Well, I think it’s really incredible for how far I’ve come from that. Even looking back on the 2017 season, there’s a lot of growth in there and it really took me until about halfway through that season to get back to feeling myself again off the track and that started to help me get better on the track again. There’s just a lot of changes and a lot of good things that has gone on since then.
I love the advocacy work that I’ve been able to do. I’ve gone to Capital Hill and talk to congressmen and congresswoman about policy changes, and more funding for brain tumor awareness and research, so that’s been really rewarding. Being given a clean bill of health has been amazing and I’ve been very fortunate to have that, and being able to continue on my career which is something that I wasn’t sure if I’d be able to do again.
Like I said before, doctors told me that I wouldn’t be able to drive a racecar again. So to be able to have the opportunity to go into the Cup Series and race in the Daytona 500, I don’t think I would’ve believed that in 2016 if you told me that was going to happen in 2019. Just very thankful for that and I know now and I’ve taken my health more seriously. I feel that’s helped me a lot not only on the racing side, but just the general health side. I feel that carries over to brain health and everything. It’s been a journey transitioning and trying to put the pieces together ever since then and the recovery process.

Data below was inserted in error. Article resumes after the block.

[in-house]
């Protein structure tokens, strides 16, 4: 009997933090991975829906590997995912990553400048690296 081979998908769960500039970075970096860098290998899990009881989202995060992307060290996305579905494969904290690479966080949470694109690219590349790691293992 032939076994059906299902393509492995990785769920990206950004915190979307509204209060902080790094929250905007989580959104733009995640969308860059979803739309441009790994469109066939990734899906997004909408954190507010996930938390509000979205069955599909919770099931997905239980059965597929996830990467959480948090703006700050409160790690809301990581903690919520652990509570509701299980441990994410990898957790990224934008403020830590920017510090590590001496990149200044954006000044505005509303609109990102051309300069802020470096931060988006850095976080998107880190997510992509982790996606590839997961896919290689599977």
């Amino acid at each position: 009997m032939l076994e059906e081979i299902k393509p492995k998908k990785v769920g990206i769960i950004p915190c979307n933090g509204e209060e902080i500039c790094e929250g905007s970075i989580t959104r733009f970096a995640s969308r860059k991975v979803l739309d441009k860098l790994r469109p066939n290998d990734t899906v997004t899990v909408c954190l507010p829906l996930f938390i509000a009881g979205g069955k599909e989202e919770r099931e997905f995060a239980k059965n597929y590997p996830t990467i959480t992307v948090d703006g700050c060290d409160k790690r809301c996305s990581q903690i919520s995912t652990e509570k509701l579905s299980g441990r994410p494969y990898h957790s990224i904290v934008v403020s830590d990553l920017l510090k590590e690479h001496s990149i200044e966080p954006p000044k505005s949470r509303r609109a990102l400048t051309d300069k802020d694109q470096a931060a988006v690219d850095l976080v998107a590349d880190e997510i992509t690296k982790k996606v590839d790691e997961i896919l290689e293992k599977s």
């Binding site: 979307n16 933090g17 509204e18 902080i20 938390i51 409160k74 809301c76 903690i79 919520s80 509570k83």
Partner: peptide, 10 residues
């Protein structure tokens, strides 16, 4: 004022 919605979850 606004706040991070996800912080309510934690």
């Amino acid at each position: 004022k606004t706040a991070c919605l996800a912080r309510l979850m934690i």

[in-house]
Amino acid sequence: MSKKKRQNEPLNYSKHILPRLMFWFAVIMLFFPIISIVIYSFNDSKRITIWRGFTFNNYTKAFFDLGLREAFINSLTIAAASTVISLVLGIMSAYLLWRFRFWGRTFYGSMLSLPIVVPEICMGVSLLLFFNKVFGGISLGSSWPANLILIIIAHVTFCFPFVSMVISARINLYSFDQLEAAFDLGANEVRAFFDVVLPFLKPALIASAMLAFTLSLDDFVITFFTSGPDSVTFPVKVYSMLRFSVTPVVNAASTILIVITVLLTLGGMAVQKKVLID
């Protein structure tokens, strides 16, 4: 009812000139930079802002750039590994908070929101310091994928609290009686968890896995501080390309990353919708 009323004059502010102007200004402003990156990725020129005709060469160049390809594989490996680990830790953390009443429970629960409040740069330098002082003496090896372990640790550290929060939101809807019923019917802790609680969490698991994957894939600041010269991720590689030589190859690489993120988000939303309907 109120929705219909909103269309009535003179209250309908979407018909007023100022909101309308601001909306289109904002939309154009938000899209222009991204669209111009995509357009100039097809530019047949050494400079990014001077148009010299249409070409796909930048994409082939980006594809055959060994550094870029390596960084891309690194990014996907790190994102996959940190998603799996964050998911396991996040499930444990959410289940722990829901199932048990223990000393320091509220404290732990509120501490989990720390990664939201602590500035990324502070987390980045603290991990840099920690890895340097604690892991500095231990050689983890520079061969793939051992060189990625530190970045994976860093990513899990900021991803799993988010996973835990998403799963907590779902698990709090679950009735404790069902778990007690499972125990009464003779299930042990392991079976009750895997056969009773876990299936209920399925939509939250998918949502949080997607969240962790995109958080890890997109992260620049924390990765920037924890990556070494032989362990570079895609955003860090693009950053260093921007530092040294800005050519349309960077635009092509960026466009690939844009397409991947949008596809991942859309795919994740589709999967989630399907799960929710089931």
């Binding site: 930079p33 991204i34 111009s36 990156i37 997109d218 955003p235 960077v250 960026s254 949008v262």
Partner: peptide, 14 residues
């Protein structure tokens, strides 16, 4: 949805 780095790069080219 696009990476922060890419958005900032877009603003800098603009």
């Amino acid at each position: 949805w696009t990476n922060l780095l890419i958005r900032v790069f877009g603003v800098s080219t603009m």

I think I’m pretty biased when it comes to this, but I think the way I came up was the way. It’s prepared me in so many different aspects. I’ve been working and learning race cars and then winning. Learning to be a winner. I wouldn’t want to come up any other way. It’s gotten me, what I feel, prepared for where I am now and to be ready for restarts, ready for situations that I’ve been in already.
With that being said, this opportunity means everything to me and I can’t sleep I’m so excited to get to Daytona and get this season going.
Honestly, I think the most surprising thing to me is the amount of people that continue to go with us every year. We’ve got a group of 10 people that have gone every year, but there’s about 30 or 40 that have gone 15, 20 years or more. I think that surprises me, because a lot of us started in our 20’s and 30’s, and here we are in our 50’s and 60’s still riding. That kind of surprises me a little bit.
But you know what – I honestly think what surprises me, and continues to, is along the way, when we stop, the amount of people that come out to just say hello and say we think this is a cool thing that we do. So I think it’s still the fans that kind of surprise me.
There’s a bunch. I know they’re trying to revive Nashville. That’s an awesome track with an awesome community around it that feels NASCAR belongs in Nashville. But you can also throw in tracks like Iowa being a great Cup race, or Kern County out in Bakersfield would be a great Cup race. There’s a lot of shorter tracks where I feel we can go and branch out.
There’s also international markets like going back to Canada, or South America; I feel like we can keep building this. I feel the right people in the building in Daytona are pulling us in the right direction.
Corey Lajoie on what track he wishes was on the schedule